Tuesday, 20 January 2009

Command: LSOF

Today's command is the UNIX/Linux command "lsof" or "list open files.

In a *NIX system, the "open files" include:

  • disk files,
  • pipes,
  • network sockets,
  • hardware and devices, and
  • all processes running on the system.
*NIX treats all devices and about everything in the system as a file.
By default, that is if you run "lsof" without any additional parameters, the command will display all the files opened by any processes on the system.

You can select a director, volume of single file to see who is using it. For example, the following command will display who is using the "/etc/passwd" file:
  • lsof /etc/passwd

In order to display the process IDs that are utilising the named binary, and only the PID you could use:

  • lsof -t `which named`

In order to display all of the open processesfrom a user called john, you could use:

  • lsof -u john

To display those files that are using the process with PID 541:

  • lsof +p 541

If you wanted to list any open internet protocol sockets or just those related to DNS (on port 53 that is) you could use the following commands respectively:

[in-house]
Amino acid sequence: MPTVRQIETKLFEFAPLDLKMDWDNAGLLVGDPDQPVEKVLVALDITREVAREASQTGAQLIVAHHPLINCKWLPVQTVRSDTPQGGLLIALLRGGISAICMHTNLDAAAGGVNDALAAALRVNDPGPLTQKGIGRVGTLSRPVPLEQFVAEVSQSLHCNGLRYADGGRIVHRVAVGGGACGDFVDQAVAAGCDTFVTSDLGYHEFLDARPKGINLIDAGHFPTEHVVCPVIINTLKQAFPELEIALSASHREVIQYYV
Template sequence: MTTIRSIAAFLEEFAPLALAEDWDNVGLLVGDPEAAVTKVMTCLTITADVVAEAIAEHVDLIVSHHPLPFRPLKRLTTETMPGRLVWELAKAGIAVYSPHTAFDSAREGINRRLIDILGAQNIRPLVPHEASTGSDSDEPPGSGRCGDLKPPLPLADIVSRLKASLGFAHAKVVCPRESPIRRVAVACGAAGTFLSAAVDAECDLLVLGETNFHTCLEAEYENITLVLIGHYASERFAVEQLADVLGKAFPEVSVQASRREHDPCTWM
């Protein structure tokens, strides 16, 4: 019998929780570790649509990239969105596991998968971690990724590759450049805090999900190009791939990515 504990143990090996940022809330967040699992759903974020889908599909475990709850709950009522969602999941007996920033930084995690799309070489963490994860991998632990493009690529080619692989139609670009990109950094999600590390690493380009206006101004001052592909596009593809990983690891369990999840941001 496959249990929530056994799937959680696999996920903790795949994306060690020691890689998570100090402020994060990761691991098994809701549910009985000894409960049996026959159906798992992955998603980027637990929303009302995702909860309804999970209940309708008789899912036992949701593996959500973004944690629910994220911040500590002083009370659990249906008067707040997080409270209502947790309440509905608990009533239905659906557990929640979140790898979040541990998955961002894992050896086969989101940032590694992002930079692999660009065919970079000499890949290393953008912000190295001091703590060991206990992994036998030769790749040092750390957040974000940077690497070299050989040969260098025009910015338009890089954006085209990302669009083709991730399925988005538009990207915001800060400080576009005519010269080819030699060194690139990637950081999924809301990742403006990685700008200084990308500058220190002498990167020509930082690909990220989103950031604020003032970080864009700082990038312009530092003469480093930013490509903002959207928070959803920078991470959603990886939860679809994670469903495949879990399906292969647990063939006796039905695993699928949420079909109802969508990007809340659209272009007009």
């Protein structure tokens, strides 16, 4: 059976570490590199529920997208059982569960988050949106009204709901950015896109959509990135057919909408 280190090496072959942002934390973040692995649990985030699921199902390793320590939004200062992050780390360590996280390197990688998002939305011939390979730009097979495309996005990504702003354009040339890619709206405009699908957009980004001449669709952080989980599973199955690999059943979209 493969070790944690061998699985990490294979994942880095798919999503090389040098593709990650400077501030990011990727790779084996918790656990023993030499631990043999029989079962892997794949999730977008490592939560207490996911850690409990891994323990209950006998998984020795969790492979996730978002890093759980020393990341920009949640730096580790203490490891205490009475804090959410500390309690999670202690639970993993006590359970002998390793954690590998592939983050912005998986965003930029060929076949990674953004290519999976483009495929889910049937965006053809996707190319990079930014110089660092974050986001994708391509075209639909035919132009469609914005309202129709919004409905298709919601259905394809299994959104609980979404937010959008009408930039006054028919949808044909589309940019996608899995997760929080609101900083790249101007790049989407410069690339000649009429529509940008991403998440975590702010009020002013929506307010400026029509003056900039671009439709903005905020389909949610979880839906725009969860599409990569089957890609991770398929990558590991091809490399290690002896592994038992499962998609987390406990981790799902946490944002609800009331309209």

• lsof -i
  • lsof -i :53

To drill down and display the processes that are using a UDP connection to or from A DNS Server at the host ns.nameserver.com (using the default port of 53 UDP) we could use:

The command "lsof" is a valuable testing, audit, incident respense and foresinc utility. Make sure that you know the options associated with this command.

An Open File Search
In *NIX, even a solitary open file will (usually) stop a user from unmounting filesystem. Running "lsof" as the superuser (root) in order to display the open files for a mounted volume will allow you to check if the volume can be dismounted. For instance, the following command displays the open files for the volume "/export/home":

# lsof /export/home
bob 1541 user 3u VREG 14,6 4096 6542 /export/home/file.tmp

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